Donald Trump talks to reporters in the "Spin Alley" after the first prime-time presidential debate hosted by Fox News and Facebook at the Quicken Loans Arena Thursday, Aug. 6, 2015 in Cleveland. Scott Olson/Getty Images

Since announcing his presidential run, Donald Trump has blown up his relationships with NBCUniversal, Telemundo, Univision, the PGA Golf League and a handful of other institutions. It's been part of his charm. But after the first GOP debate in Cleveland on Thursday, has the eccentric billionaire lost Fox News too?

"I'm very surprised at Fox News," Trump vented on MSNBC's "Morning Joe" on Friday morning, complaining that the conservative channel's relentlessly hyped debate was rigged against him. "I would say it's pretty unprofessional, but we will live with it."

As usual, Trump was looking out for himself -- but does he have a point? After three months of giving Trump more hours of coverage than any other candidate, Fox News appeared to relish popping his balloon on national television.

The tone was set from the very first question, when the stony-faced moderator Brett Baier asked all the candidates whether they would support the eventual Republican nominee without running as an independent and potentially splitting the party. Trump alone refused to make that promise.

"Mr. Trump, to be clear, you're standing on a Republican primary stage," Baier said. "An independent run would almost certainly hand the race over to Democrats and likely another Clinton. You can't say tonight that you can make that pledge?" The boos from the crowd put Trump on defense for the rest of the debate.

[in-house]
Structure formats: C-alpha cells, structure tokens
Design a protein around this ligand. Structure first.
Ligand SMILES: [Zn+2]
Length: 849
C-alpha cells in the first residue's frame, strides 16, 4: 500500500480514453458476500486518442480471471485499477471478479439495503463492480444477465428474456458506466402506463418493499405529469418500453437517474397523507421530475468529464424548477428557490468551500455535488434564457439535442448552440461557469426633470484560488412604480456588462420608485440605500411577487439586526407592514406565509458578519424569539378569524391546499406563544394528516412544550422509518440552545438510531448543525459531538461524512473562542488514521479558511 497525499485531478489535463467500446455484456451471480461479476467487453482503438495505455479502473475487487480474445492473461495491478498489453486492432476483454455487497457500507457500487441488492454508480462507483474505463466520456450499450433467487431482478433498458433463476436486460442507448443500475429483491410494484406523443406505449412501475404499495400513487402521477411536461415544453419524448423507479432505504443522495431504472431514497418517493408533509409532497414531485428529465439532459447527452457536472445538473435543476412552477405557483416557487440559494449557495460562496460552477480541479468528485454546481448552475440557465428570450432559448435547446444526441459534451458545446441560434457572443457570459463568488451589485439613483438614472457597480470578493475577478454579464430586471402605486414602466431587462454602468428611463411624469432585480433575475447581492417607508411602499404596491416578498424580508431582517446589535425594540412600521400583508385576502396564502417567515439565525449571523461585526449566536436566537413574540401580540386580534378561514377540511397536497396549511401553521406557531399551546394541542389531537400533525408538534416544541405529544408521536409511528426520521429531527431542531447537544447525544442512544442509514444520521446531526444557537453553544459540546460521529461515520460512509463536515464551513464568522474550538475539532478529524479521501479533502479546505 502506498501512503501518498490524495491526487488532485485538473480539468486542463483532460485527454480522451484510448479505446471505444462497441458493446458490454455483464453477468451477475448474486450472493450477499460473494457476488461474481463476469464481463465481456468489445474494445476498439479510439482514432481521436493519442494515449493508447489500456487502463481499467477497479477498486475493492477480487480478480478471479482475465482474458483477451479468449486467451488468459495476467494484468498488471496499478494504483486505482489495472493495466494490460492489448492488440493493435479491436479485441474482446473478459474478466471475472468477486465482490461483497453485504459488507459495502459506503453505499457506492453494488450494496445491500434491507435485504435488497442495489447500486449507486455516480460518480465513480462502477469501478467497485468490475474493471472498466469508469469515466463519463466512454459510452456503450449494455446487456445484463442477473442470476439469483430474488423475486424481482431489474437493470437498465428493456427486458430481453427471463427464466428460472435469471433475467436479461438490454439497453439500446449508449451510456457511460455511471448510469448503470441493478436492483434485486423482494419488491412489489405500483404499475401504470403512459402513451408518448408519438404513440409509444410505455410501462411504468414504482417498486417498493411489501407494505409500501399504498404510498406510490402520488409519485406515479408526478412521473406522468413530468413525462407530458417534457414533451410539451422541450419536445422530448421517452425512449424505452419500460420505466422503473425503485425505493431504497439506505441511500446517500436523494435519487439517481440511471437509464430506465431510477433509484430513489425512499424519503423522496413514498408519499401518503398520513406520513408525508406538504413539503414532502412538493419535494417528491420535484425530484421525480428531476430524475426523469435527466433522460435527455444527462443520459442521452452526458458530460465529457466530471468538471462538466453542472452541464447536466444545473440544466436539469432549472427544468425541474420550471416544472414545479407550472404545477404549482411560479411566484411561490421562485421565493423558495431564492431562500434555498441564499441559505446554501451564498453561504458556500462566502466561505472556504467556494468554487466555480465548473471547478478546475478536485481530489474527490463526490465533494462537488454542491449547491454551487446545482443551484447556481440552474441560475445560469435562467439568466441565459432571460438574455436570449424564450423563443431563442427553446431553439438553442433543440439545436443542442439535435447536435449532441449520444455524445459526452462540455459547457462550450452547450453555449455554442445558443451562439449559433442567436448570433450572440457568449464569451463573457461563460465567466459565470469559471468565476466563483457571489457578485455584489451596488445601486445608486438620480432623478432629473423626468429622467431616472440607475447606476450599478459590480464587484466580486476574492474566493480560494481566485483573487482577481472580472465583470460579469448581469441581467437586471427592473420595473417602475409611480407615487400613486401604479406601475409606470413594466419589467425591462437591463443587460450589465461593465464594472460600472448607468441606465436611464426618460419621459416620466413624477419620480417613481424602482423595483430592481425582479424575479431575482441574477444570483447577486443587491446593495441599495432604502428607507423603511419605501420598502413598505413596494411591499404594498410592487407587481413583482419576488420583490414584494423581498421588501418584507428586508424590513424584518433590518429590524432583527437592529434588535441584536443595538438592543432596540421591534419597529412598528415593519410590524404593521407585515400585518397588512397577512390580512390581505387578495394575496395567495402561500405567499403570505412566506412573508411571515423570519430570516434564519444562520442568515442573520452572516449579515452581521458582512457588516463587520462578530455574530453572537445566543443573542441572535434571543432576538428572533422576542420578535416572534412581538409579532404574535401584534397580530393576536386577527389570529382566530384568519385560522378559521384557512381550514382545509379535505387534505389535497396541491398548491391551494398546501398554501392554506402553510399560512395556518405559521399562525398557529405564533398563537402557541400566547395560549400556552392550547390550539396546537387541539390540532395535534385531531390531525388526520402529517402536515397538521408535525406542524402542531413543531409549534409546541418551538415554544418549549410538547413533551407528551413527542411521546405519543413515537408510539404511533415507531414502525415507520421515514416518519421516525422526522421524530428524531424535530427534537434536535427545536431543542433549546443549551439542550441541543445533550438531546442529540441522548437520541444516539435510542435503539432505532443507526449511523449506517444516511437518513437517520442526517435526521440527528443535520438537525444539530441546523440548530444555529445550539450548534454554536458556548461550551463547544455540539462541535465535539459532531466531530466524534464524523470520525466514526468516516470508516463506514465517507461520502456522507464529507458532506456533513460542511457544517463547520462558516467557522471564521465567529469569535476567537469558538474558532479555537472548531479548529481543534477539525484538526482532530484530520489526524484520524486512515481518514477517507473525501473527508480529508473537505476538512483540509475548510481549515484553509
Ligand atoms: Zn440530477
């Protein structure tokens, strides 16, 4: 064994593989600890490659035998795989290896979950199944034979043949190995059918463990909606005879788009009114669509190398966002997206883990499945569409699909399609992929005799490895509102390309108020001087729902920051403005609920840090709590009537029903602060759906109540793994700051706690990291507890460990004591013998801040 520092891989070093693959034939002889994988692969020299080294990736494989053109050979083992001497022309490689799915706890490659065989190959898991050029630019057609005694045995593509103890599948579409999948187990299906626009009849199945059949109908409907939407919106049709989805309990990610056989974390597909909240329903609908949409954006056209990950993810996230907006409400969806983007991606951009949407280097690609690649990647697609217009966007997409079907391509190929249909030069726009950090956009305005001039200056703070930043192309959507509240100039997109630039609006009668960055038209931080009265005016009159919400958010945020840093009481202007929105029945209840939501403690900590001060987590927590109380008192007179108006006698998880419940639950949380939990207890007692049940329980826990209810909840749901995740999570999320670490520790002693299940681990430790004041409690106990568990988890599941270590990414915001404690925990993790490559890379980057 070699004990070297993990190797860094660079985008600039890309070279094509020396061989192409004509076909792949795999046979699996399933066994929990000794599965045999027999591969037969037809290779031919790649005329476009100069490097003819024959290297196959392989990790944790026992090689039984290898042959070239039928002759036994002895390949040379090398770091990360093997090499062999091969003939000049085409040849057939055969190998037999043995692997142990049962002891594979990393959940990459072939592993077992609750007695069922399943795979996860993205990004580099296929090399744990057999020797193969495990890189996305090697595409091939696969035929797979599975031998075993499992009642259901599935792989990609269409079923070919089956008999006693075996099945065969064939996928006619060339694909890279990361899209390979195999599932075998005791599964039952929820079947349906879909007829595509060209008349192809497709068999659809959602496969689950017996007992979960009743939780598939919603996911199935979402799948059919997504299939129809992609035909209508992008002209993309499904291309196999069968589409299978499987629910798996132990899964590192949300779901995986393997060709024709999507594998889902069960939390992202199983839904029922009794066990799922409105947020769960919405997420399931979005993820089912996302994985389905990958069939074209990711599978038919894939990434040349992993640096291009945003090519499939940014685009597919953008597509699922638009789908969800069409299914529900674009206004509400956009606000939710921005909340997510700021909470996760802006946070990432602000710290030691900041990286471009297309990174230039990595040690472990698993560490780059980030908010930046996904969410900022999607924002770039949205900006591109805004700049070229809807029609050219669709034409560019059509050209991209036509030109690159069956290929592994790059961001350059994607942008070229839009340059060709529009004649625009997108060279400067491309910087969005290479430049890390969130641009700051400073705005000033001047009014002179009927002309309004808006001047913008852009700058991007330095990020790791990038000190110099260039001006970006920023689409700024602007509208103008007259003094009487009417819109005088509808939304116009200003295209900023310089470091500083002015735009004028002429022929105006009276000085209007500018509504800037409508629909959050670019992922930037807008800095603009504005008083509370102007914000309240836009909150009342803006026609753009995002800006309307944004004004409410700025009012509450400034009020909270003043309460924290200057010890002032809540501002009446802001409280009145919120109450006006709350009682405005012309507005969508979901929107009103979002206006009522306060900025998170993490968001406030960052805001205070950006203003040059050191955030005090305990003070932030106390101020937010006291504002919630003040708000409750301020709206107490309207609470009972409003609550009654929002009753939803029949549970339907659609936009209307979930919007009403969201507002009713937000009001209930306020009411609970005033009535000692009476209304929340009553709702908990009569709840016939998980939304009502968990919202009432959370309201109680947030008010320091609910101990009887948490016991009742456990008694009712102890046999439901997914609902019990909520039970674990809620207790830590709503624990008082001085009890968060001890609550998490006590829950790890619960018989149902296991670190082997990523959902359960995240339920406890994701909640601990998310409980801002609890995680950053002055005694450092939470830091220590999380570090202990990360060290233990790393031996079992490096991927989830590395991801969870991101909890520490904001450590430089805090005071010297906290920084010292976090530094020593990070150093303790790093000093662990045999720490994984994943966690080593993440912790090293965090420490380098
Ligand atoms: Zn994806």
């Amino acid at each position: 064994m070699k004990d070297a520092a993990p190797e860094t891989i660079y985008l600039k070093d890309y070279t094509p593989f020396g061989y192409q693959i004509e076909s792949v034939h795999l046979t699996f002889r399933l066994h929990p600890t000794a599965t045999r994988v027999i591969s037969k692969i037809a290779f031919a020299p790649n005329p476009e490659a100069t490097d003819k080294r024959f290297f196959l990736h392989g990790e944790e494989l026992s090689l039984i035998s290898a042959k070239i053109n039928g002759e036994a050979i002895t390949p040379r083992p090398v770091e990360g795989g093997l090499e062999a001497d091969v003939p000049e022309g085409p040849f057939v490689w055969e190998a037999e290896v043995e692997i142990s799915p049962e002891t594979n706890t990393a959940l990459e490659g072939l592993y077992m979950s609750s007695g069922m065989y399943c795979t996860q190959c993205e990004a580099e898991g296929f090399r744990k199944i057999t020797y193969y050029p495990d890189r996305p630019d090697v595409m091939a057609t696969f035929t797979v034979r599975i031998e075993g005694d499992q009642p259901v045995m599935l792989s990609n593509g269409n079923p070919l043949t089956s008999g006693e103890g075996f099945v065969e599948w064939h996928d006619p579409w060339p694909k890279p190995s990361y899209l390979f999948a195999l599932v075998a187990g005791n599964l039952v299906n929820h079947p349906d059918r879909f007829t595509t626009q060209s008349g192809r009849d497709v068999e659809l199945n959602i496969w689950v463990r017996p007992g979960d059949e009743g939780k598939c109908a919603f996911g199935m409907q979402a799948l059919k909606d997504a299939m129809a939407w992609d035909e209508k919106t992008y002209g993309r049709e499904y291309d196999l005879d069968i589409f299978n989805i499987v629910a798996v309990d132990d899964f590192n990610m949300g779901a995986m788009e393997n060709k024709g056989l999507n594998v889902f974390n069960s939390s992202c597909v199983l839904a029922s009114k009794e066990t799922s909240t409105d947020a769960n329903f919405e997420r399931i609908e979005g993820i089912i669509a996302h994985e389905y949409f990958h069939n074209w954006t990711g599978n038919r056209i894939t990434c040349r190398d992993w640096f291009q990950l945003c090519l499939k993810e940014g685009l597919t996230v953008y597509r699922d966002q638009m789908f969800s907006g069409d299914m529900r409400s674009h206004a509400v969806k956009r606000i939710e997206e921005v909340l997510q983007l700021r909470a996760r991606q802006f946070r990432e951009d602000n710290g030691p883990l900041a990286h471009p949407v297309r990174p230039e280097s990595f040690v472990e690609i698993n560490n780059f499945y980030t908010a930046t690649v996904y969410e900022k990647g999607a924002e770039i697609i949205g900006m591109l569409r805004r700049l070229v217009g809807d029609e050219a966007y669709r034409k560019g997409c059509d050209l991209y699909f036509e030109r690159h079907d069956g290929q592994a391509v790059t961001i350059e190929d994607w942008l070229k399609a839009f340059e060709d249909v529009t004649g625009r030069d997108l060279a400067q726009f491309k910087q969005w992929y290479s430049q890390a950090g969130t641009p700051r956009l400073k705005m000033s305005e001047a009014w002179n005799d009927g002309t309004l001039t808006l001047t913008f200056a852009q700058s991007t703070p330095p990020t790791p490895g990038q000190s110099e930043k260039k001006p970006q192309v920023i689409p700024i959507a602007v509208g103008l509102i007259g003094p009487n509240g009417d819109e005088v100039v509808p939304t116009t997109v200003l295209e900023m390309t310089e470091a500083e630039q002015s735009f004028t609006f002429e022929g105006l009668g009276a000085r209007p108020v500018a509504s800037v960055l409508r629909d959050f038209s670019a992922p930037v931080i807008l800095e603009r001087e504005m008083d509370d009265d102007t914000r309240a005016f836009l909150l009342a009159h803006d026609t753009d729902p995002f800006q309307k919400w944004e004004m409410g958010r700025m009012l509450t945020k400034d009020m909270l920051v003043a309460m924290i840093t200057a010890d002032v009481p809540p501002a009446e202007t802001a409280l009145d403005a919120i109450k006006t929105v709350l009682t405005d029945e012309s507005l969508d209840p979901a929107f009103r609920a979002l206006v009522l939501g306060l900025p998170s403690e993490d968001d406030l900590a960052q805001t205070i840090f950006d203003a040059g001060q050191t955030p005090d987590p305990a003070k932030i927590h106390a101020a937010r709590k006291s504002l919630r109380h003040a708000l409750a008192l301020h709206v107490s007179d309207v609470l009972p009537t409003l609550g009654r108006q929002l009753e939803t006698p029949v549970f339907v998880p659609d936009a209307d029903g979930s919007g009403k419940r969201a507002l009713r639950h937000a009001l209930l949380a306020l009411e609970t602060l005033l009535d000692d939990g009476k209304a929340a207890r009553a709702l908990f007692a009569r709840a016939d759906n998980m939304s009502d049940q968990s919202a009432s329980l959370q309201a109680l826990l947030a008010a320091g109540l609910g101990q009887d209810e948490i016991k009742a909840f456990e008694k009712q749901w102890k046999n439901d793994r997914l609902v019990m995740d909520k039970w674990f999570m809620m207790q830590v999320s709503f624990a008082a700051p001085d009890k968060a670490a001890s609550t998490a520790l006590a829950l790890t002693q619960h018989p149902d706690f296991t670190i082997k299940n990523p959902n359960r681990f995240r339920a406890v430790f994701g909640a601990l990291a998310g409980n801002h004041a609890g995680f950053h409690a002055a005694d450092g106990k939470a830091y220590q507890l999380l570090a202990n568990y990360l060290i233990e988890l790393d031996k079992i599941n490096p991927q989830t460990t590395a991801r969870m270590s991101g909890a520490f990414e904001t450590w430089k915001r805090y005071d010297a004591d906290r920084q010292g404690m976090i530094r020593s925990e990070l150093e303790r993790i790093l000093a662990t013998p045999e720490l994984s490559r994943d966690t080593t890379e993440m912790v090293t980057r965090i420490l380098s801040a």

Even more brutal was Megyn Kelly's clean shot at Trump's misogynistic remarks about women. Challenging him to explain whether calling women "fat pigs" was presidential, Kelly earned cheers from liberals and Fox fans alike. (For good measure, Trump retweeted a fan of his early Friday who called Kelly a "bimbo.")

Is Fox looking to pump and dump the mogul -- to build him up only to knock him down?

The channel has certainly done its part in helping him rise: In June, Trump racked up one hour and 48 minutes of airtime on Fox, ahead of Rick Perry (an hour and 25 minutes) and Jeb Bush (52 minutes), according to the liberal watchdog Media Matters. In May, he gobbled up two hours and 39 minutes, surpassing Mike Huckabee, Bush and Perry.

Including minutes in July, that's 4 hours and 45 minutes.

But as CNN's Brian Stelter noted on Friday, Fox owner Rupert Murdoch is no fan of the front-runner. He's called Trump "embarrassing," and weeks ago reportedly asked Fox News boss Roger Ailes, his employee, to ease up on Trumpmania, to no avail.

A Fox representative did not immediately respond to request for comment on Trump's accusations.

Trump certainly has a habit of complaining about his treatment from the media, calling out MSNBC just a few weeks ago for not mentioning his name enough. But if Fox News is souring on the ex-reality TV star, that's a serious predicament for anyone looking to make a pitch to conservatives across the country.

The channel does have a reputation for looking out for the interests of the Republican Party above all else, from both its critics and its supporters. As Baier's first question implied, Trump is now seen as a threat to the strength of that party, jeopardizing a nice clean nomination. If he doesn't address that, Trump may be in the doghouse with Murdoch's empire for the rest of his run.